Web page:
Leverage

'Leverage' is a US term that is also known as 'gearing'. Both express the extent to which any transaction is financed by debt from lenders as opposed to capital provided by the investor.

Updated February 2019

Leverage means the use of debt to fund an investment, which has the potential to enhance returns, but also to amplify losses. Imagine two funds have investments of £100m. The first is entirely equity-funded (to the tune of £100m), and the second is financed with 50% debt and 50% equity. The following year the assets in the funds double in value to £200m.

The first fund's return on equity is an impressive 100% if it shut down now, it could return its investors' original £100m, plus another £100m. However, while the second fund would need to pay back £50m of debt to the lender, the remaining £150m would be returned to investors, meaning they would have made an even more impressive profit of 200% on their original equity.

So here, leverage has worked in the investors' favour. However, if the funds made a loss instead, it would have the opposite effect. Let's say the value of the assets halve, to £50m. The investors in the first fund would get back the remaining £50m, suffering a loss of 50%. But the second fund must use all its remaining assets to repay the £50m it borrowed, so investors would get nothing a loss of 100%.

A similar principle is at work when investing in a house with a mortgage (which is why buy-to-let became so popular in the late 1990s) and it's also the way that spread betting works, only with far more leverage and a much lower initial deposit.

Leverage is also referred to as "gearing". Many investors use "leverage" to refer to the use of debt, and "gearing" to refer to one of several measures of how much debt is being used relative to the amount of equity. Our first fund is "ungeared". The second begins with a debt-to-equity ratio of 100% (£50m debt/ £50m equity); a debt ratio of 50% (£50m debt/(£50m debt + $50m equity)); or an equity ratio of 50% (£50m in equity/ (£50m debt + £50m equity)). All three ratios are common measures of gearing.

See also: Gearing

Watch Tim Bennett's video tutorial: Three ways leverage can boost your returns.

Recommended

The end of the bond bull market, and how to invest for it
Investment strategy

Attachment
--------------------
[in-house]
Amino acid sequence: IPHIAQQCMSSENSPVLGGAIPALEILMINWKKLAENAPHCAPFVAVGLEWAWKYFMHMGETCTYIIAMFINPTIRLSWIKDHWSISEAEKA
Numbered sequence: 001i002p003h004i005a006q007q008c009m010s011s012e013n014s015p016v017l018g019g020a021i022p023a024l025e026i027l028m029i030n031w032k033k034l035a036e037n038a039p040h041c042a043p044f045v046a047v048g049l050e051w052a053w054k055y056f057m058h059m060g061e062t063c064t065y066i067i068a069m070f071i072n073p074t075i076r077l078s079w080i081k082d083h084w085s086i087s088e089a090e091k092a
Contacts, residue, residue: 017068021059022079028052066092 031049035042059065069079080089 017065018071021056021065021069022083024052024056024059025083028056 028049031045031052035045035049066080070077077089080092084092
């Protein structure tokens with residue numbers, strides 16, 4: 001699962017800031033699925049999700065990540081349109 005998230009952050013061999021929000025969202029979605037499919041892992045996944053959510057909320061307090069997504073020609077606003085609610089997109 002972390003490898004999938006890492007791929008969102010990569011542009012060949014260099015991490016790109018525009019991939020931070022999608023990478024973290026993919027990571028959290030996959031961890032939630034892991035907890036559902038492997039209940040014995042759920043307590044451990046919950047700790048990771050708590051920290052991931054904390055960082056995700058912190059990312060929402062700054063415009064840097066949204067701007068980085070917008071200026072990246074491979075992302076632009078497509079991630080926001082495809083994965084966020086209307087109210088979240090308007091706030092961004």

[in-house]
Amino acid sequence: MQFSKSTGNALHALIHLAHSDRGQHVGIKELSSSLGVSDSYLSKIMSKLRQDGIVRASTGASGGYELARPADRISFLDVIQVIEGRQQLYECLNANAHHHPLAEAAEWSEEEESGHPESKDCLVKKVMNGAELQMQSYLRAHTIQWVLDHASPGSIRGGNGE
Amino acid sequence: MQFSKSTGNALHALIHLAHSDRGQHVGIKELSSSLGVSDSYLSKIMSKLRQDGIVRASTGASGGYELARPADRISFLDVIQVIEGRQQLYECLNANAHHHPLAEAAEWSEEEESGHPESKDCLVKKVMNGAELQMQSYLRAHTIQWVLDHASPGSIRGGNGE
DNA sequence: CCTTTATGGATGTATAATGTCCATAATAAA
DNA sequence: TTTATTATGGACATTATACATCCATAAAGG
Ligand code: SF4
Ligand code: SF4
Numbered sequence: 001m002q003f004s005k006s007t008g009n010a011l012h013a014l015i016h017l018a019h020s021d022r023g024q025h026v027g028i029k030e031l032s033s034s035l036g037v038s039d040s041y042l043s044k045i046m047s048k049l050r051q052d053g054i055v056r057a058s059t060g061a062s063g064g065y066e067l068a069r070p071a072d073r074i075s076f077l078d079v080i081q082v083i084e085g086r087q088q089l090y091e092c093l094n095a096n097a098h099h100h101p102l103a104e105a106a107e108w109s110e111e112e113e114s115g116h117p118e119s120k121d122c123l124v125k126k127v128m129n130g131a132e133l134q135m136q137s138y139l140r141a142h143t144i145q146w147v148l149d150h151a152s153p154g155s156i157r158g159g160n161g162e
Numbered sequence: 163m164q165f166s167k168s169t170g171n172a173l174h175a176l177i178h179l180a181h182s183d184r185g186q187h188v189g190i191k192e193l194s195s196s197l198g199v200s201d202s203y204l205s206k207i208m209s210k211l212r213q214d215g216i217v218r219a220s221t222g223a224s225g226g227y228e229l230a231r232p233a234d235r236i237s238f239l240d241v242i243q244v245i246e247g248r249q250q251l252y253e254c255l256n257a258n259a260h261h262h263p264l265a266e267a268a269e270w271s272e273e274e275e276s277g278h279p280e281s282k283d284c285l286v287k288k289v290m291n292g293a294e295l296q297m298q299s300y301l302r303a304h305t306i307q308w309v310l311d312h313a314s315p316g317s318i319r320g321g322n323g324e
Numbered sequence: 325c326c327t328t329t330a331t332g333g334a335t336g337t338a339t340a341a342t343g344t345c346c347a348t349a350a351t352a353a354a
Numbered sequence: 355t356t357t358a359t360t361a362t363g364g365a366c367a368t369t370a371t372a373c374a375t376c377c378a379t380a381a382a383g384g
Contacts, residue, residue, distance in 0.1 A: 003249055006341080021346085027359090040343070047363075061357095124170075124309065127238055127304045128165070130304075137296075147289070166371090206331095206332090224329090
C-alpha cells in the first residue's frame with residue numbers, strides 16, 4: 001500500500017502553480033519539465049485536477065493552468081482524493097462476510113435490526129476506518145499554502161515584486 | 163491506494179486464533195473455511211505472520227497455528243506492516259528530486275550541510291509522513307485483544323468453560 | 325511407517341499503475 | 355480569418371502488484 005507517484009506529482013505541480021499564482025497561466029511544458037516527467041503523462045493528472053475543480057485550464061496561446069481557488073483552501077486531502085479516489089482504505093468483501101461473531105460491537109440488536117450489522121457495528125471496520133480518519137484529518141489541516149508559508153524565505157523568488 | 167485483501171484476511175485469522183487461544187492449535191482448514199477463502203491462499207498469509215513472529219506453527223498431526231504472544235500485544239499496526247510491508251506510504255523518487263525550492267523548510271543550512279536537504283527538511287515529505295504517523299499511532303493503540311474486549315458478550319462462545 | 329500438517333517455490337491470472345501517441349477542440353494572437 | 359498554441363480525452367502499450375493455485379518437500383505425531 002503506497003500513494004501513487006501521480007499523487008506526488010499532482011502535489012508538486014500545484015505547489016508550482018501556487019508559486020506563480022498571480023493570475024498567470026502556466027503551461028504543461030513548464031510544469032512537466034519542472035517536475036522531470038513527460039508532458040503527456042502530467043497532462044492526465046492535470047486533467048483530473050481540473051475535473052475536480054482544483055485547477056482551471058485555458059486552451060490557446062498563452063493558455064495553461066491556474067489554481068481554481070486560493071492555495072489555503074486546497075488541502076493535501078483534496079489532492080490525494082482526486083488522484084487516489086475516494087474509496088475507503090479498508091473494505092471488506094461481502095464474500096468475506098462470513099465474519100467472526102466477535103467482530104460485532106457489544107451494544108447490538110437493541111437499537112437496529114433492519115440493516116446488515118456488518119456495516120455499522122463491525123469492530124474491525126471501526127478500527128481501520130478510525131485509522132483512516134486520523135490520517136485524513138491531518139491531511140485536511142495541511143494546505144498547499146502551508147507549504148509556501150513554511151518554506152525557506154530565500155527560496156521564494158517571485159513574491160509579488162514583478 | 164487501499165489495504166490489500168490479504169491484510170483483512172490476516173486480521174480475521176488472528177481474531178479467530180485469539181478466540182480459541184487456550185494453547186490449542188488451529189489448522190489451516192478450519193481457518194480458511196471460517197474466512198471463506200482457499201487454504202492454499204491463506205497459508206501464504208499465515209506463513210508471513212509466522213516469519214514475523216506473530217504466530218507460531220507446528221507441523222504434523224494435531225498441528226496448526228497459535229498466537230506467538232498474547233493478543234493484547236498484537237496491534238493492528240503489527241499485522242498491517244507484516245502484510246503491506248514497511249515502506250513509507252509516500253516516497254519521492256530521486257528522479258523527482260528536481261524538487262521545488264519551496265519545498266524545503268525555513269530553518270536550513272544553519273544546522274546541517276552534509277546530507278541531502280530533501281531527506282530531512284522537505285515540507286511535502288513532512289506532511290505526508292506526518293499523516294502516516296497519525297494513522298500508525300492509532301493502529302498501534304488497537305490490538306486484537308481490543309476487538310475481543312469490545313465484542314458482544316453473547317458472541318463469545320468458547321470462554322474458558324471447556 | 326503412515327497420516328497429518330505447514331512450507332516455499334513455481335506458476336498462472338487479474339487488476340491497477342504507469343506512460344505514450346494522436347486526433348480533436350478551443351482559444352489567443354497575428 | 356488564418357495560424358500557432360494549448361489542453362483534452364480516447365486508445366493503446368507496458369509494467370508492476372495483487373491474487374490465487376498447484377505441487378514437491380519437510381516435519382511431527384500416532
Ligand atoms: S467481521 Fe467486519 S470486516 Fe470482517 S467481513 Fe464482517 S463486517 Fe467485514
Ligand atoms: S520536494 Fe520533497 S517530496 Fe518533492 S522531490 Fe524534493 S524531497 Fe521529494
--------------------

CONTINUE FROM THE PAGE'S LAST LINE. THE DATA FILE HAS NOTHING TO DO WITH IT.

The end of the bond bull market, and how to invest for it

The great bond bull market looks to be over, and you probably don’t want to be holding government bonds, says Merryn Somerset Webb. Here’s what you sh…
21 Sep 2021
Carbon emissions trading: how to profit from the price of pollution
Funds

Carbon emissions trading: how to profit from the price of pollution

Carbon-emission allowances are still an esoteric market, but one that looks set to grow. This new fund could help you cash in.
21 Sep 2021
Fund managers are good at buying shares – but terrible at selling them
Investment strategy

Fund managers are good at buying shares – but terrible at selling them

Buying shares can be tricky. But selling them can be even trickier – even the professionals don’t get it right. John Stepek investigates why, and expl…
13 Sep 2021
Pershing Square: a deeply undervalued investment trust to buy now
Investment trusts

Pershing Square: a deeply undervalued investment trust to buy now

Pershing Square Holdings has a strong record, but trades at a discount of almost 30%. It could be the ideal investment for uncertain market conditions…
13 Sep 2021

Most Popular

The times may be changing, but don’t change how you invest
Small cap stocks

The times may be changing, but don’t change how you invest

We are living in strange times. But the basics of investing remain the same: buy fairly-priced stocks that can provide an income. And there are few be…
13 Sep 2021
Two shipping funds to buy for steady income
Investment trusts

Two shipping funds to buy for steady income

Returns from owning ships are volatile, but these two investment trusts are trying to make the sector less risky.
7 Sep 2021
How to stop recurring subscriptions becoming a drain on your money
Personal finance

How to stop recurring subscriptions becoming a drain on your money

Tracking and pruning subscriptions isn’t as easy as it sounds. Here's how to take charge.
14 Sep 2021